The Invisible Woman

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We often acknowledge Charles Dickens as one of the finest writers of the 19th Century. Certainly he was one of the most influential, developing the three volume novel as a work both of art and entertainment, and the novelist as a celebrity and public figure with moral and ethical responsibility to his public. Like many great public figures, though, Dickens’s private life was less than stellar, wrapped up in Victorian social and sexual mores. He was, in short, no better than most people, and at times perhaps a great deal worse.

The Invisible Woman claims to tell the story of Dickens’s semi-public relationship with Ellen Ternan, a young actress whose relationship with Dickens would last the rest of his life. Because of both the extreme secrecy of the relationship – Dickens was still married – and the fact that Dickens burned his entire correspondence with Ternan, the actual circumstances of much of their relationship remains largely hearsay and speculation. Dickens had already engaged in a fairly public infatuation with his wife Catherine’s sister Mary earlier in his life, and it is true that he separated from his wife around the same time he’s believed to be involved with Ternan. As with most biographical or semi-biographical films, The Invisible Woman should probably not be taken as “the truth,” but rather a speculative version of it.

The film opens with the first appearance of Ellen “Nelly” Ternan (Felicity Jones), long after her affair with Dickens has ended. A married woman, she still harbors fond and not-so-fond memories of the man she loved. The film rolls us back to their first meeting during a production of The Frozen Deep, a joint play by Dickens (Ralph Fiennes, who also directs) and Wilkie Collins (Tom Hollander). Nelly is the youngest in a family of actresses headed by Frances Ternan (Kristin Scott Thomas); she’s also the least talented, with difficulty projecting beyond the footlights. She and Dickens share an immediate attraction and rapport, however, and their relationship progresses from a great man and his acolyte to a great man and his somewhat recalcitrant mistress.

The Invisible Woman thankfully avoids some of the cliches that could have marred its project. Fiennes’s Dickens is not a seducer, but neither is he wholly sympathetic – he’s a talented author and celebrated philanthropist who cannot bear not to be adored. His attraction to Nelly is both that of an older man falling for an attractive younger woman who obviously venerates him, and as a man who believes he’s found someone who understands him. His treatment of his long-suffering wife (Joanna Scanlan) is reprehensible, yet we do not fully condemn his character. The whole plot becomes bound in the mores of Victorian society, which permits a man to have an affair but condemns the woman with whom he has it.

Felicity Jones plays Nelly as a woman in a relationship she both desires and wishes to end. All but sold by her mother, who believes she will never be able to support herself as an actress, Nelly falls for Dickens but does not really wish to be his mistress, condemned by the culture that surrounds her. A painful scene between Nelly and Catherine Dickens shows both women as victims of their society. They caught in love for a man who will always, as Catherine says, choose his public above any woman.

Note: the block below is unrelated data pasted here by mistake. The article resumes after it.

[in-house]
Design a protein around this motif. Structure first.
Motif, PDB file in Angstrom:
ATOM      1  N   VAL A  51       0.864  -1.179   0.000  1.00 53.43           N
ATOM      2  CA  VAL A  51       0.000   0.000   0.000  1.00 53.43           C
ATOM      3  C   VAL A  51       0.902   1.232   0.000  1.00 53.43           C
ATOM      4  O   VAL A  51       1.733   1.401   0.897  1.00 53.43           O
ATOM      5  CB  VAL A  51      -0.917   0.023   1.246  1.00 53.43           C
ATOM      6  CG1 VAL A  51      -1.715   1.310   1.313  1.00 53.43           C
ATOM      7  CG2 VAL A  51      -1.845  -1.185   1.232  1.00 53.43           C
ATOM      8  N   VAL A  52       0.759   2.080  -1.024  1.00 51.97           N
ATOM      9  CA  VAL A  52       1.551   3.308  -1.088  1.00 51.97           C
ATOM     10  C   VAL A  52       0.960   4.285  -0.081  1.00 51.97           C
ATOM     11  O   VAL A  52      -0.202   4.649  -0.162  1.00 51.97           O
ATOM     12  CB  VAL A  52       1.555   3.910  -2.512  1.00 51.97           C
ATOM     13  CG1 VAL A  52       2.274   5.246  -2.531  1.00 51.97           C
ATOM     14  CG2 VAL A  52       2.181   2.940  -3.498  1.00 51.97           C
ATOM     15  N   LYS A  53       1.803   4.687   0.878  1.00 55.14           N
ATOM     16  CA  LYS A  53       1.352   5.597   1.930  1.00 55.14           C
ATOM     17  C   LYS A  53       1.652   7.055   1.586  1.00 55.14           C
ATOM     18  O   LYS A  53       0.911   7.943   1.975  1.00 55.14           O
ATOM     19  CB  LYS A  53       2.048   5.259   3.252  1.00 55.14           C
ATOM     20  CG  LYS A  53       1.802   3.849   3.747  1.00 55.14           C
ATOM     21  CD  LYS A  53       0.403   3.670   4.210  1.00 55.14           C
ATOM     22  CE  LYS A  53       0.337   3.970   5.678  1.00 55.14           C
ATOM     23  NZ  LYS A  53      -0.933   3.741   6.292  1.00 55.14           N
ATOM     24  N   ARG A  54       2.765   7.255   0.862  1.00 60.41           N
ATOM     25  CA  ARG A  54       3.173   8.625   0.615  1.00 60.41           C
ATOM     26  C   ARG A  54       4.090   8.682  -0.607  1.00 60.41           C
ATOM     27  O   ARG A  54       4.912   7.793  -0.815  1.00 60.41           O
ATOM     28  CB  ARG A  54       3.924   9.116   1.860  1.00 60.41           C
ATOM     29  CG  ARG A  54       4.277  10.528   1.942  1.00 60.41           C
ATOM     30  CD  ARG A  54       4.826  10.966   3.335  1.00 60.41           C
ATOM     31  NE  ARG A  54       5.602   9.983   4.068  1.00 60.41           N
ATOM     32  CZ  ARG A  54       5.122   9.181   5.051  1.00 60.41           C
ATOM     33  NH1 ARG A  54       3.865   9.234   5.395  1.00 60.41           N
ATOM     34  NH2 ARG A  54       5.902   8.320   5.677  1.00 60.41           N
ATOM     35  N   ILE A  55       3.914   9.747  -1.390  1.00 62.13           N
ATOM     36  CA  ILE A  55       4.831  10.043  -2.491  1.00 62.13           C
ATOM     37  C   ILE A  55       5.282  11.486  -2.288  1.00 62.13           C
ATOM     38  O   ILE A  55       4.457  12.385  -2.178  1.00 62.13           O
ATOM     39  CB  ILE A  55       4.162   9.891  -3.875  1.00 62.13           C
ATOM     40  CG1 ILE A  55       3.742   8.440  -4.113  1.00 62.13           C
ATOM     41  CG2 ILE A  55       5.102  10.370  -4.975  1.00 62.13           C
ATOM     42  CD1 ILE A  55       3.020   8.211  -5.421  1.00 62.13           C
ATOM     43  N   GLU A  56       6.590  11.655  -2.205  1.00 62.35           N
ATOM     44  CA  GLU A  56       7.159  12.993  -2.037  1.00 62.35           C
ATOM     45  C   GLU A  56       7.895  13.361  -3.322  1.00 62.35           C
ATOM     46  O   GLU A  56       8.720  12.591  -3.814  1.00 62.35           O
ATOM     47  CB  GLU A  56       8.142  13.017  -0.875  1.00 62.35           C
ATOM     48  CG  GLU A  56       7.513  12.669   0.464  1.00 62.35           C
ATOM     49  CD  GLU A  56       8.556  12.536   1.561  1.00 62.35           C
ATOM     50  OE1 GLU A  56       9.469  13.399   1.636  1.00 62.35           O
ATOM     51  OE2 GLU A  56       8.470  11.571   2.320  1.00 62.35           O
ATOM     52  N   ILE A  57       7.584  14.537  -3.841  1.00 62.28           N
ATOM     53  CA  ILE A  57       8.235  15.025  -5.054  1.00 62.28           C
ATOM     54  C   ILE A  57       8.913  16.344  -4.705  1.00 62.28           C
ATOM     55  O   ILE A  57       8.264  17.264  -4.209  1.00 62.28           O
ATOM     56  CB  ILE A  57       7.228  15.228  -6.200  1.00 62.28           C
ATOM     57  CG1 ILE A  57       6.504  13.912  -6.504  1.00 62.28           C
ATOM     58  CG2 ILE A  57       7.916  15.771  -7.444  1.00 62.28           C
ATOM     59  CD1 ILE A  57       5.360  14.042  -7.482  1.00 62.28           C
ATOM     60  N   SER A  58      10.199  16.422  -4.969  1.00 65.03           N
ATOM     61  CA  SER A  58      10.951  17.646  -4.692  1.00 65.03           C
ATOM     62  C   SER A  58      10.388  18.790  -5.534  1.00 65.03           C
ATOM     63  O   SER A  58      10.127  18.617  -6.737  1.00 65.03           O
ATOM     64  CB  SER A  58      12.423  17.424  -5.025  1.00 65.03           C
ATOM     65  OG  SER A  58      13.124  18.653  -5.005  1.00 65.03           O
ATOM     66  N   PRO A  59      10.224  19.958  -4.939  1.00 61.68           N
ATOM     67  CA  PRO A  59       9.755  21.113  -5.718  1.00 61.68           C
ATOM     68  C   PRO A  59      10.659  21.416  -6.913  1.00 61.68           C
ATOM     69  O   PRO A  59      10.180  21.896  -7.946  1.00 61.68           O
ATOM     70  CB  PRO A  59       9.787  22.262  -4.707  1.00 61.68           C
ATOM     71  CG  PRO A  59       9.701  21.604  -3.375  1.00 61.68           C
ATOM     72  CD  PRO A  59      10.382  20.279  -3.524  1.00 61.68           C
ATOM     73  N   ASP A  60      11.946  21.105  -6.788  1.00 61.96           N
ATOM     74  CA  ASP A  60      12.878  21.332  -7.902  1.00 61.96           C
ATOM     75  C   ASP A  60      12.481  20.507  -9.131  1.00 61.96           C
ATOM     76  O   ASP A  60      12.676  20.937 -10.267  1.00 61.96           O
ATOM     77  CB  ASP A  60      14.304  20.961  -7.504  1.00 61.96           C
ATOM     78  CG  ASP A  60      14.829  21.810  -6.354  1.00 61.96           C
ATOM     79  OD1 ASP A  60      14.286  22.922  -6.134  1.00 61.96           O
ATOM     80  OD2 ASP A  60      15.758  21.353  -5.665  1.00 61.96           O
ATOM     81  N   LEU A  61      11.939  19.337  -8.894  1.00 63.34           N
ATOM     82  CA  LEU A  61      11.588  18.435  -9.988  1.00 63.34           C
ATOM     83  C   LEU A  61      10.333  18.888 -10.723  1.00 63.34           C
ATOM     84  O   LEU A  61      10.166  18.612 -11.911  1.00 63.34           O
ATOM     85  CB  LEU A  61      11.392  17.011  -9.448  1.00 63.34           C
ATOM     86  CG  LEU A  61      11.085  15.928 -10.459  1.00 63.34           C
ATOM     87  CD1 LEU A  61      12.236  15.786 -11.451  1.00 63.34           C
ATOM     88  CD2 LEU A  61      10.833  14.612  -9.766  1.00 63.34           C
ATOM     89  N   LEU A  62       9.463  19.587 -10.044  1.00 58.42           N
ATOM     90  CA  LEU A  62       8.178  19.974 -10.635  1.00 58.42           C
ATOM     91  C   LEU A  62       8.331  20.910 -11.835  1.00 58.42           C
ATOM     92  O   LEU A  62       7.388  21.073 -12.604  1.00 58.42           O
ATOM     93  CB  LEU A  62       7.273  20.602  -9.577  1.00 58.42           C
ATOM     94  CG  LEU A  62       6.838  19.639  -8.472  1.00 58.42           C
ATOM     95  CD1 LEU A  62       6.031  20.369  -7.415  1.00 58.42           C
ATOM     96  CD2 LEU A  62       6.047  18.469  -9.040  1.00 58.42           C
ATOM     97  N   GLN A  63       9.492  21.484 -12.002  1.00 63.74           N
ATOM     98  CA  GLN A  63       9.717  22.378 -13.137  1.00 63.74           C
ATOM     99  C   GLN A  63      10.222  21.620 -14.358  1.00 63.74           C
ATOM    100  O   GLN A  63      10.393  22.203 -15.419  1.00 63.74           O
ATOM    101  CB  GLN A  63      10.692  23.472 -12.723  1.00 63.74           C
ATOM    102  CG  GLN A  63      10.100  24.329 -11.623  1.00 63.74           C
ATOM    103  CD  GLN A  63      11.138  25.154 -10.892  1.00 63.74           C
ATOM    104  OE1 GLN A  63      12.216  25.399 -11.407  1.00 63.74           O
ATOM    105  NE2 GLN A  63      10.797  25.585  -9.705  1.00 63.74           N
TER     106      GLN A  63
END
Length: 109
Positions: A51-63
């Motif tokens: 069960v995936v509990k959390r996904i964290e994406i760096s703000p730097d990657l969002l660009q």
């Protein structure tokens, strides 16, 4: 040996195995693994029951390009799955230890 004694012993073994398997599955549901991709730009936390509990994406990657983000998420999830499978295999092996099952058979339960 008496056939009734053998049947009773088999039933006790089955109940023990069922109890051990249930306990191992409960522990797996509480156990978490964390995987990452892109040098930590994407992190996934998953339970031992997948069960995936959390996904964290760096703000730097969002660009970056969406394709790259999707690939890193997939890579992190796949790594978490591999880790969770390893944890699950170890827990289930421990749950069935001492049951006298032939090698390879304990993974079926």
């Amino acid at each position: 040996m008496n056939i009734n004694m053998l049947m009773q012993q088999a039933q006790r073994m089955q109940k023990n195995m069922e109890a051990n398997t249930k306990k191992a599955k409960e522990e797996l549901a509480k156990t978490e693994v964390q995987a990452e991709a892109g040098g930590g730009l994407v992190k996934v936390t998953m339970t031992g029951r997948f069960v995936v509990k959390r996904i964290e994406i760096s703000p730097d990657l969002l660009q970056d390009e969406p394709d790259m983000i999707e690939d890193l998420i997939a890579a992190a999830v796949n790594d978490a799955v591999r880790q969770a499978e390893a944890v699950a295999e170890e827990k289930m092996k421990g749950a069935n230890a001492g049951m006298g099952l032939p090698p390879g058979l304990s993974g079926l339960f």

If The Invisible Woman fails anywhere, it is in the somewhat lax use of the framing narrative. This is meant to be something of a flashback and something of a mystery. There’s a lack of clarity in the connection between Nelly’s persistent unhappiness in her current life and her complicated experiences in the past. Jones plays even the younger Nelly as a somewhat unhappy and certainly a troubled young woman, giving her little space to change over the course of the narrative. While I never doubted her passion for Dickens was sincere, I did doubt its depth – she seems to worship him as a writer, conflating the man and the public figure. As such, the emotional connection between them feels shallow where it should, in my view, have been more complicated. The ending of the film is abrupt and a little unsatisfying, as though there was no way to bring the narrative to any kind of a round conclusion for either character.

Despite one or two shortcomings, however, The Invisible Woman is one of the better semi-biographical films about the time period. The Victorian era tends to either be romanticized or treated with undue harshness on film – The Invisible Woman avoids these pitfalls by approaching its characters as human beings, good people who sometimes behave badly. At the heart is the mystery of the human experience, and a sense of both profound joy and deep melancholy. When looked at in that light, one might imagine that Charles Dickens would be proud.

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